Prisoner Squat Exercise Guide – Benefits, Muscles Worked and Technique Tips

This extensive guide will teach you everything you need to know about the Prisoner Squat Exercise.

What is the Prisoner Squat Exercise?

The Prisoner Squat is a bodyweight calisthenics Squat exercise where the hands are clasped together and held behind the head.

It is also know as the Cobra Squat.

It is a variation of the bodyweight or Air Squat.

Why is it Called a Prisoner Squat?

The name comes from the “hands behind the head position”.

Additionally, because it requires no equipment and can be performed anywhere, it can symbolic ties with prison style workouts.

What Muscles Do Prisoner Squats Work?

Prisoner Squats primarily work the lower body, although they do have many secondary ancillary benefits.


All Squat variations target the glutes to some degree. This version forces you to keep them tight and strong in order to balance the body and stabilise the overall movement.


The Quads are used to generate force and propel the body upwards.

Prisoner Squat exercise with pistol technique
Strengthen your Quads ©Bastein Plu


These are important parts of the posterior chain and will be strengthened by the movement of the Prisoner Squat.

Hip Flexors and Other Stabilising Muscles

The exercise does not allow the arms to be used to balance the body during the eccentric and concentric phases of movement.

This means that other stabilising muscles must work harder to prevent a loss of balance.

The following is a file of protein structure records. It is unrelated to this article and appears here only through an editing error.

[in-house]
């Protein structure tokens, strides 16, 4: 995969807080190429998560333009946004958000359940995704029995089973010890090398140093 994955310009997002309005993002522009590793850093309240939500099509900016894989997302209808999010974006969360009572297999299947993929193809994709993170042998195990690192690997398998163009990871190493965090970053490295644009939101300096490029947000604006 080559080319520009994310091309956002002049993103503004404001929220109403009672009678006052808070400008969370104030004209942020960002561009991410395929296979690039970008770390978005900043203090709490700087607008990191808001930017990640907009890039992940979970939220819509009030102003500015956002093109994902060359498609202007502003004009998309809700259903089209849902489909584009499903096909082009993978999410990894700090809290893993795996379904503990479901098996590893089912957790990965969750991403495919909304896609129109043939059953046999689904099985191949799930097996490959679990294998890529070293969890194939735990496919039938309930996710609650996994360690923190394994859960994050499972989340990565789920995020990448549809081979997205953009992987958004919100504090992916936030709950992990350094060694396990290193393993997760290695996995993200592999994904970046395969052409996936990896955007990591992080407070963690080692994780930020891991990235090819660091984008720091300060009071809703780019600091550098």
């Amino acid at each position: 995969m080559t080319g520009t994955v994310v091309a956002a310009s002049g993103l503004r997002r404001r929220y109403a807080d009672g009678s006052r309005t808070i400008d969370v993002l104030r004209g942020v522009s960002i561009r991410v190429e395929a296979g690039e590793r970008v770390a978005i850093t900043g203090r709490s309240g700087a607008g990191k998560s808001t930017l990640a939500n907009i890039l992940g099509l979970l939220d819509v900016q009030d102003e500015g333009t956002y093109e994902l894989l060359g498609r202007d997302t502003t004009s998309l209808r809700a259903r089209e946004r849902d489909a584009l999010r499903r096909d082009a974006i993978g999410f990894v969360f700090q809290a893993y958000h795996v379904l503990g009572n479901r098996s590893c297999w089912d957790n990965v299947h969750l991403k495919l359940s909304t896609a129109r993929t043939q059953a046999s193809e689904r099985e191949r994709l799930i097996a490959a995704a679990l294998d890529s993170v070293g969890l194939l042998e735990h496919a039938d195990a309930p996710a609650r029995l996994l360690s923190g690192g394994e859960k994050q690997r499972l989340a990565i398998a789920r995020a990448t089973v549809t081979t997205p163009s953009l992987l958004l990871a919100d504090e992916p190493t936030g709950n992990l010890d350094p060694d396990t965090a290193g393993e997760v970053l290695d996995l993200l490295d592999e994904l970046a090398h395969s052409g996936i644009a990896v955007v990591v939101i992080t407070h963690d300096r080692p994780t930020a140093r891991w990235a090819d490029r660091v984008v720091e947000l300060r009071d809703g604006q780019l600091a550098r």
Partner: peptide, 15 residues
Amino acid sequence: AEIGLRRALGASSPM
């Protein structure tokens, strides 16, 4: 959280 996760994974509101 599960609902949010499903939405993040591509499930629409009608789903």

In a similar fashion to the stabilising muscles, core strength is also essential for balance during the exercise.

The core is also used to generate and control force, and will be enhanced by the Prisoner Squat.

Upper Back and Shoulders

The upper back and shoulders must work to keep the arms and hands locked in the overhead position. This is not a huge burden however it can become tiring during long sets and longer workouts.

Benefits of Prisoner Squats

There is an interesting spectrum of different benefits from performing this exercise.

Enhanced Stability in the Back and Shoulders

Maintaining the raised position with hands clasped behind the head will improve the stability and mobility of the upper back (thoracic spine) and shoulders.

It also forces the chest into an open position and helps to improve upper body posture.

Stronger Legs

As a Squat, this is an effective way to build up the strength of your lower body.

woman lifting weigts with barbell
Power and poise ©Marvin Cors

Build Good Squat Mechanics

The overhead positioning of the arms forces the body into a more vertical position whilst the lifter squats.

This is a great habit to get into as it will help when the athlete works more on loaded Squat variations such as the Front Squat.

Build Better Balance

With the traditional Air Squat you can use your arms to balance the movement.  

This is not the case with the Prisoner Squat. Having the arms locked into a certain overhead position creates more weight higher from the ground, making the movement feel more unstable.

Your body has to then work harder to balance. This is good because your core, coordination and stabilising muscles will all get more developed.

Alleviate, Counter or Prevent Back Pain

The Prisoner Squat places a great deal of emphasis on abdominal strength and stability.